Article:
The submariner with a 'UFO' rising slider

July 14th, 2023

Tyler Rogers, the one true submariner of the Statcast era, breaks everything we know about how pitch movement is supposed to work.

When you release the ball a foot off the ground, weird things happen. Rogers is like no other pitcher in Major League Baseball today. He's like no other pitcher Statcast has ever tracked.

Lowest avg. vertical release point, Statcast era
Min. 1,000 pitches thrown in MLB since 2015

  • Tyler Rogers: 1.17 feet
  • Adam Cimber: 2.05 feet
  • Tim Hill: 2.96 feet
  • Brad Ziegler: 2.99 feet
  • Joe Smith: 3.46 feet 
  • Darren O'Day: 3.60 feet

Here's one lens to view the uniqueness of the Giants reliever. Rogers, who posted a 2.17 ERA in 41 appearances in the first half, throws the most common pitch combo in baseball: fastball-slider. But his fastball-slider combo is distinct from every other fastball-slider combo in the big leagues.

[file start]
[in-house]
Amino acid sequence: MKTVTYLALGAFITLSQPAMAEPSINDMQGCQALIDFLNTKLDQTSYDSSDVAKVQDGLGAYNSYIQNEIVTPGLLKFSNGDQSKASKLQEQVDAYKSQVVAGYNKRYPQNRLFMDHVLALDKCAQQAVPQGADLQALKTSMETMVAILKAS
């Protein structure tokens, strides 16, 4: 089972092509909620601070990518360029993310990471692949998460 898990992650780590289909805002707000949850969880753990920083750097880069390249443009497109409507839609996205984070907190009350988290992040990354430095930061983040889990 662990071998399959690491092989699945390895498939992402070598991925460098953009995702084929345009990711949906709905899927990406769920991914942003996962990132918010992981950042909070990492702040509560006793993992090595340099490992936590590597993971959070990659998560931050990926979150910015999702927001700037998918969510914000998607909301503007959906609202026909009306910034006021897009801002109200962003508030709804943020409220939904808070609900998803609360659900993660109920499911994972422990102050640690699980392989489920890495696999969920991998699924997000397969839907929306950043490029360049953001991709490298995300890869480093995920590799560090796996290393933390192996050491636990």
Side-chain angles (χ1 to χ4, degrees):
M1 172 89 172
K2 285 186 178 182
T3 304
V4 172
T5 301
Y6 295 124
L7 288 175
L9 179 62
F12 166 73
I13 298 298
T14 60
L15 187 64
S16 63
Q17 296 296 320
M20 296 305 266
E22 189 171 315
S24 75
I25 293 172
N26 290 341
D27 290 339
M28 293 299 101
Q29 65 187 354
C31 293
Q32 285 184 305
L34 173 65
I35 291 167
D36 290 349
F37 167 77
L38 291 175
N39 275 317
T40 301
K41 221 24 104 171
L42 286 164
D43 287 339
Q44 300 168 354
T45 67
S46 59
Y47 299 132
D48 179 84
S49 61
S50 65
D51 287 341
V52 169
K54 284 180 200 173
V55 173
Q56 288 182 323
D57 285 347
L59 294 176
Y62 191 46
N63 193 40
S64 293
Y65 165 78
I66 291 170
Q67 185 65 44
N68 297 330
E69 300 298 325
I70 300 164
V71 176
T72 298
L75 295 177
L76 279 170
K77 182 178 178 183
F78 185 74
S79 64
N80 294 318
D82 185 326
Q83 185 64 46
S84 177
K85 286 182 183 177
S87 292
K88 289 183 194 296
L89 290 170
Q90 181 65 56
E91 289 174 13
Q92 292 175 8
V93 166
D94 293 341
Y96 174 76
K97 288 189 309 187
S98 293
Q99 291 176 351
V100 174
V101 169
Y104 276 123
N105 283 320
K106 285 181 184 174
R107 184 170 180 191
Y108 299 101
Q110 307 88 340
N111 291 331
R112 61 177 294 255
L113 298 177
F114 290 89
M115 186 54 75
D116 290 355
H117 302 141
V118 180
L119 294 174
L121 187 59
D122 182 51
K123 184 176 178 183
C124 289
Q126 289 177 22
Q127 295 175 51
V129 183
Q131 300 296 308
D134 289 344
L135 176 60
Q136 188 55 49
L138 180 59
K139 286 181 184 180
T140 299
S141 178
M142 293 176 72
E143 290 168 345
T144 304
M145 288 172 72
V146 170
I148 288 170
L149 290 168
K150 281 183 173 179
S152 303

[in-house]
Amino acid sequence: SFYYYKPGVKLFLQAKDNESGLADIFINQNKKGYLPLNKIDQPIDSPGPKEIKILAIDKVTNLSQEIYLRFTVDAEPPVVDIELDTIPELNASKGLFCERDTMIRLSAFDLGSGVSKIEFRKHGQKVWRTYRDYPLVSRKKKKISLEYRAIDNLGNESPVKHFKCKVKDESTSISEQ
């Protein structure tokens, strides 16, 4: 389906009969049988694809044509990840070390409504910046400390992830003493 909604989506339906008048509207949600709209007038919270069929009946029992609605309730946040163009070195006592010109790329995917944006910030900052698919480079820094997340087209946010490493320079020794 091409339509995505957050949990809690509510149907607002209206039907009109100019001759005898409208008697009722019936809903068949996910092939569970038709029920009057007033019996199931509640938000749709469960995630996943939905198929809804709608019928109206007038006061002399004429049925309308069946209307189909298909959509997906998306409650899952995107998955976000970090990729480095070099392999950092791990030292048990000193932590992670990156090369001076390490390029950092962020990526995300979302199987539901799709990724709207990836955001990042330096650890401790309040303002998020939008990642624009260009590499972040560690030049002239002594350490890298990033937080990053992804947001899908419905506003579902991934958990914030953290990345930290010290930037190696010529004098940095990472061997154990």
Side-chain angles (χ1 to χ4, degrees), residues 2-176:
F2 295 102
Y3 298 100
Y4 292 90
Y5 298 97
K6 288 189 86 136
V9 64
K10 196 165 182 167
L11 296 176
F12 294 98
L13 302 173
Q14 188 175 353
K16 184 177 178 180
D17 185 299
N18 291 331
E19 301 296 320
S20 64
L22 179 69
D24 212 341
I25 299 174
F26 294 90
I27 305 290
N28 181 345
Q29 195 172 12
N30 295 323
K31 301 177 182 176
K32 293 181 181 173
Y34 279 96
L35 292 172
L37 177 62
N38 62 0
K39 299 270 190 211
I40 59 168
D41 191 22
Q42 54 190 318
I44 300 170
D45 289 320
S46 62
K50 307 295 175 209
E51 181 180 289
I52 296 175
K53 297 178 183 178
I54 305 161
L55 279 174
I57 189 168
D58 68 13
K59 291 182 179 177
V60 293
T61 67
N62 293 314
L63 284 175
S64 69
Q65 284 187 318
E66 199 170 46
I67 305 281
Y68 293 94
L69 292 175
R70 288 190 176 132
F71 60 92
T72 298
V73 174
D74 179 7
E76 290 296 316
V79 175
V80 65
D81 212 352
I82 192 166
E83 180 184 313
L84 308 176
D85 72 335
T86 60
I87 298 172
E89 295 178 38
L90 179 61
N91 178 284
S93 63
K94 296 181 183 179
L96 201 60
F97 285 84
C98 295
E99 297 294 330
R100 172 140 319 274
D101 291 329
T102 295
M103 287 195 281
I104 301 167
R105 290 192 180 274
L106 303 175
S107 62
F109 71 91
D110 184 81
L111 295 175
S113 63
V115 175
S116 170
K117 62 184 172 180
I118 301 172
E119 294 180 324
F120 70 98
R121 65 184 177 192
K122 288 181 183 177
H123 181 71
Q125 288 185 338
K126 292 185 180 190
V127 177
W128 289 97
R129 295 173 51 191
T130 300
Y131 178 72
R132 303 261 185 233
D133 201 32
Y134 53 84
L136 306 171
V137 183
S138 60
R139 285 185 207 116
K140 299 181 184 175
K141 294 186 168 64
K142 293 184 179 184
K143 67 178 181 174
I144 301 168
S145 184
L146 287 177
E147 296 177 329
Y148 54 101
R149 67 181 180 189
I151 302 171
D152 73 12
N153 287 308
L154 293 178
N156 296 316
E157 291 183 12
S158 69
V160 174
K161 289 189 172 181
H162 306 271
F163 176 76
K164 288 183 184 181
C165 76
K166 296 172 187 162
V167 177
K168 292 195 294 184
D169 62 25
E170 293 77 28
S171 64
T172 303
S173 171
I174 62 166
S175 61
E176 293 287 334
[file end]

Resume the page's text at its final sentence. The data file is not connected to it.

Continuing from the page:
Think about how a normal fastball-slider combo works. Think about how a normal pitcher, one whose knuckles don't skim the surface of the mound, might deploy it -- fastballs up, sliders underneath them. Fastballs carrying through the zone, sliders following in the same pitch tunnel before breaking off down below.

Rogers inverts it. He throws sliders up and fastballs down. His fastball drops. His slider rises.

"Goodness," laughed Giants rookie catcher Patrick Bailey. "He's different. The fastballs go down and the breaking balls go up. It's funny -- you get the reactions of hitters, and umpires even, and it's like, I'm glad I'm catching and not hitting or umpiring."